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Title: Visual function in premature children
Author: Myklebust, Arnulf
Awarding Body: University of Reading
Current Institution: University of Reading
Date of Award: 2013
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Due to advances in prenatal and neonatal medicine, there has been an improved survival rate of premature children over the past decades. Unfortunately, the most premature children have poor neurological and cognitive prognoses. The aetiology for the high proportion of learning disabilities in very premature children, is however often unknown (Grunau, Whitfield, & Davis, 2002; Litt, Taylor, Klein, & Hack, 2005). There has been increased awareness of visual problems in premature children, and of visual problems related to learning and reading. The studies reported in this thesis address the development of visual function as well as reading ability in premature children. A series of visual functions, cognitive- and reading ability were evaluated in a group of typical Norwegian children (n= 87) in order to provide developmental trajectories for these functions. This group acted as the control group for a group of premature children (n= 37), of whom the majority (n= 25) came from an established cohort of extremely premature children from the National Hospital in Oslo. Finally, an intervention study for treatment of binocular visual problems for a subgroup of premature and typical children (n= 27) was executed. Even when controlling for age, gender and cognitive ability, visual functions were generally weaker in the premature group. Deficiencies found in this group showed patterns that can be related to close work in one plane; a Planar component, and to focusing and binocular abilities; a Depth component. We have shown that convergence and fusion at close distances, which might interfere with near work, can be trained. There is also a possible improvement in ability to detect coherent motion as a result of this training. This ability might relate to learning and reading (Sigmundsson, Anholt, & Talcott, 2010; Stein, 2001). Thus more comprehensive visual examinations and treatment of deficiencies could lead to improved learning abilities in premature children.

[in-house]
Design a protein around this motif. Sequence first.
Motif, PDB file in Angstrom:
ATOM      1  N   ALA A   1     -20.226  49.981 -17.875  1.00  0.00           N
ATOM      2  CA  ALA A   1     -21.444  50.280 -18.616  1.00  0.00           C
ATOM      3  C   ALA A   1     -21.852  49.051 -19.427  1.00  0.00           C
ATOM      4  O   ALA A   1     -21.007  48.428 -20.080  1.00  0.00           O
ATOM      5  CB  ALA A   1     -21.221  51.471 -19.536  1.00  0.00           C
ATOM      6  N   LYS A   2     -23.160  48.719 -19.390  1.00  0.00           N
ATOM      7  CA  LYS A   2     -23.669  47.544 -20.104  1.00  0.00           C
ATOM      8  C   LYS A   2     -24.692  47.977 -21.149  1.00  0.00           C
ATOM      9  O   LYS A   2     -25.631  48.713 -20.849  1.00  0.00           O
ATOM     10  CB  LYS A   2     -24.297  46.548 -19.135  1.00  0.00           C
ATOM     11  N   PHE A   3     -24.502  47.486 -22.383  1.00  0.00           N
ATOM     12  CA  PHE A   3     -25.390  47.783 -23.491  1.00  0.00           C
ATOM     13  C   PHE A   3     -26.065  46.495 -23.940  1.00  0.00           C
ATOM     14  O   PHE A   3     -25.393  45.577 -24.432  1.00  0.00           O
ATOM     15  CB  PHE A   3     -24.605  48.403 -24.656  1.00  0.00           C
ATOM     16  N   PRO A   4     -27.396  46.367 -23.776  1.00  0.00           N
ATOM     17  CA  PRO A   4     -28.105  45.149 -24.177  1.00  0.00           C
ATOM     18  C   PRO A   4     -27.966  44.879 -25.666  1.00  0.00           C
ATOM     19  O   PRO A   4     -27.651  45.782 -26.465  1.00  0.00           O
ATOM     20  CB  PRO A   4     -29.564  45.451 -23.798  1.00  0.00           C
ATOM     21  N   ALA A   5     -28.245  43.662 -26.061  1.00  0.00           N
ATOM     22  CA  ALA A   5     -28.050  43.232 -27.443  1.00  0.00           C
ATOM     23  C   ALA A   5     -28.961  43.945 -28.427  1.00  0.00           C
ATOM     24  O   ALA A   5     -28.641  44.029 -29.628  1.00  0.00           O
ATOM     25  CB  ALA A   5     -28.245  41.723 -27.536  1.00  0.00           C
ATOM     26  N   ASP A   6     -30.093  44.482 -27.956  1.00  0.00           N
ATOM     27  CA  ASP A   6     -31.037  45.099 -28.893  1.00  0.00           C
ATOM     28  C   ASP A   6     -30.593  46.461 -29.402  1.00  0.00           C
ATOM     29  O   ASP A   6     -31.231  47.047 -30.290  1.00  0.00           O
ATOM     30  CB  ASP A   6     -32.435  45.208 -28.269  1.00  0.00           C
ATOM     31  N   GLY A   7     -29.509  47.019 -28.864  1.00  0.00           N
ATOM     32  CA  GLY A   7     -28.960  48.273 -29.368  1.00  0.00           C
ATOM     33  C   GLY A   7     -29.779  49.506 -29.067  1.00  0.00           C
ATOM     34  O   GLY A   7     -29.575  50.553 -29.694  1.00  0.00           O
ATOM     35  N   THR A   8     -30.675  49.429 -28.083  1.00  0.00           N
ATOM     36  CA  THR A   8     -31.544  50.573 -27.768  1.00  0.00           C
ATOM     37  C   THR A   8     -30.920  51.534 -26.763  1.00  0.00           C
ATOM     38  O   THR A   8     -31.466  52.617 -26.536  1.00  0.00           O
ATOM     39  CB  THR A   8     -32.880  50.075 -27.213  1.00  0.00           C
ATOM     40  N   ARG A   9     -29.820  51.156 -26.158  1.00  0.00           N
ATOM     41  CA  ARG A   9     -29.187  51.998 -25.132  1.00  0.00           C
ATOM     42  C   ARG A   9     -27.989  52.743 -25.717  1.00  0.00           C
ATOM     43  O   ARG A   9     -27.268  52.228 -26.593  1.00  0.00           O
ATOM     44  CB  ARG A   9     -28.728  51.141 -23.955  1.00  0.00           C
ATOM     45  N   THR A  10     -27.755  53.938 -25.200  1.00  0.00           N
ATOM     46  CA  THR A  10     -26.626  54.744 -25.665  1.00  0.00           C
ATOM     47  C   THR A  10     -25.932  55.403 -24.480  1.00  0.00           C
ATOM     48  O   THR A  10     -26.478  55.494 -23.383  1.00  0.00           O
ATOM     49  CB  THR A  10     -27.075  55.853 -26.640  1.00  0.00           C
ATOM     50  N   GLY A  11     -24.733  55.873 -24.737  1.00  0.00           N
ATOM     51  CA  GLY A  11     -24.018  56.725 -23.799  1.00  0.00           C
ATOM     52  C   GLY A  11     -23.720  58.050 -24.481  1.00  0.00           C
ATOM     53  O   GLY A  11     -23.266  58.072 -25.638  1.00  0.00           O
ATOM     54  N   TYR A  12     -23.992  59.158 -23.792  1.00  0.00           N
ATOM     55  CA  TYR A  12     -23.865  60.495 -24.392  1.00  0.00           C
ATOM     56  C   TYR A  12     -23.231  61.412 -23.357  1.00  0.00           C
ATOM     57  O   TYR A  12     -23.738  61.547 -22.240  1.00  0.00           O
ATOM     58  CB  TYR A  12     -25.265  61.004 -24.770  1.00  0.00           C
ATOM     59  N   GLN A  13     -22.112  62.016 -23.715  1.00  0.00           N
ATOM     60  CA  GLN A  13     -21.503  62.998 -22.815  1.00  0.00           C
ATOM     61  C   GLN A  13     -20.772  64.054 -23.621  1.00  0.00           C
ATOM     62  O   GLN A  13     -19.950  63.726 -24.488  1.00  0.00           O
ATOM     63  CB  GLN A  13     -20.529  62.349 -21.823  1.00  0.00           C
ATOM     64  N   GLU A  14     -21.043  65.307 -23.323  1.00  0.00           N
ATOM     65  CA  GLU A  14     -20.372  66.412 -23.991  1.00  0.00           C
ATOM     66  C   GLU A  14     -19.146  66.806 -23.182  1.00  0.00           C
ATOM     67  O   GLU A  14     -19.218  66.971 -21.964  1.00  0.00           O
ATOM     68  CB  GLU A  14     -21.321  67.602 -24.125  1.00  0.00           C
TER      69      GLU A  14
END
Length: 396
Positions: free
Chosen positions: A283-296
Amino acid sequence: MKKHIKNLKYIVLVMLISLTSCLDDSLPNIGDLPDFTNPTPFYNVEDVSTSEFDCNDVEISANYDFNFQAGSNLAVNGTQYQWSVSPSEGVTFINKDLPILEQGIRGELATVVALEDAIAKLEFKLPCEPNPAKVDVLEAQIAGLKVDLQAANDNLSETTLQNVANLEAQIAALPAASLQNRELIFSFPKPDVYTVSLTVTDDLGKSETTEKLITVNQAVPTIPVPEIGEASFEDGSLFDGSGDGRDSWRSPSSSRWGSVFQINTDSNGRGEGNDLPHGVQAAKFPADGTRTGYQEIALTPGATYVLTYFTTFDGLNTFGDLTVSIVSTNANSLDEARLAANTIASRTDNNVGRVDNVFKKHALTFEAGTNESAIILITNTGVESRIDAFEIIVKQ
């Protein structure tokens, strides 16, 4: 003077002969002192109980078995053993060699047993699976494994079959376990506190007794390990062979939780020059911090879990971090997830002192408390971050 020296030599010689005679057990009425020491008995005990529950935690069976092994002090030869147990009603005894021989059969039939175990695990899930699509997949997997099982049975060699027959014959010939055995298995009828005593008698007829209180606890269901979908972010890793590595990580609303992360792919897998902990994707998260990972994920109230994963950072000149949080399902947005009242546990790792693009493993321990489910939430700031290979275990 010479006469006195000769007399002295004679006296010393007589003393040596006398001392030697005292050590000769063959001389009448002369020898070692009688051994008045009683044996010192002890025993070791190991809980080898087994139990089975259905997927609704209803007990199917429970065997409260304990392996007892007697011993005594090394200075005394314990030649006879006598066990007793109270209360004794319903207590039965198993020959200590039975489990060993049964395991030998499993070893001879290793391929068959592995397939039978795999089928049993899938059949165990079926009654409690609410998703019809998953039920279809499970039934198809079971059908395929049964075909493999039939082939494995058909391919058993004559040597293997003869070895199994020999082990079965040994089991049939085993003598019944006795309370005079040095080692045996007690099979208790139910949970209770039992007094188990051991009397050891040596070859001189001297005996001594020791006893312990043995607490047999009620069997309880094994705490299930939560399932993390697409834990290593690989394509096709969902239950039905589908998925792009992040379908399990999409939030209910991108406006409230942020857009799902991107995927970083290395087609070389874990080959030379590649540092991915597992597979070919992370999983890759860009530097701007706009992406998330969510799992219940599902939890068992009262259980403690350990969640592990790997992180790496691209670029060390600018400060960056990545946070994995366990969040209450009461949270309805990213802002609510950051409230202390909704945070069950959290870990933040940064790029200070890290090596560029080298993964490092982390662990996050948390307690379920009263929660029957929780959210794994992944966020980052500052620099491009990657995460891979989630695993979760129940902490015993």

Supervisor: Not available Sponsor: Not available
Qualification Name: Thesis (Ph.D.) Qualification Level: Doctoral
EThOS ID:  DOI: Not available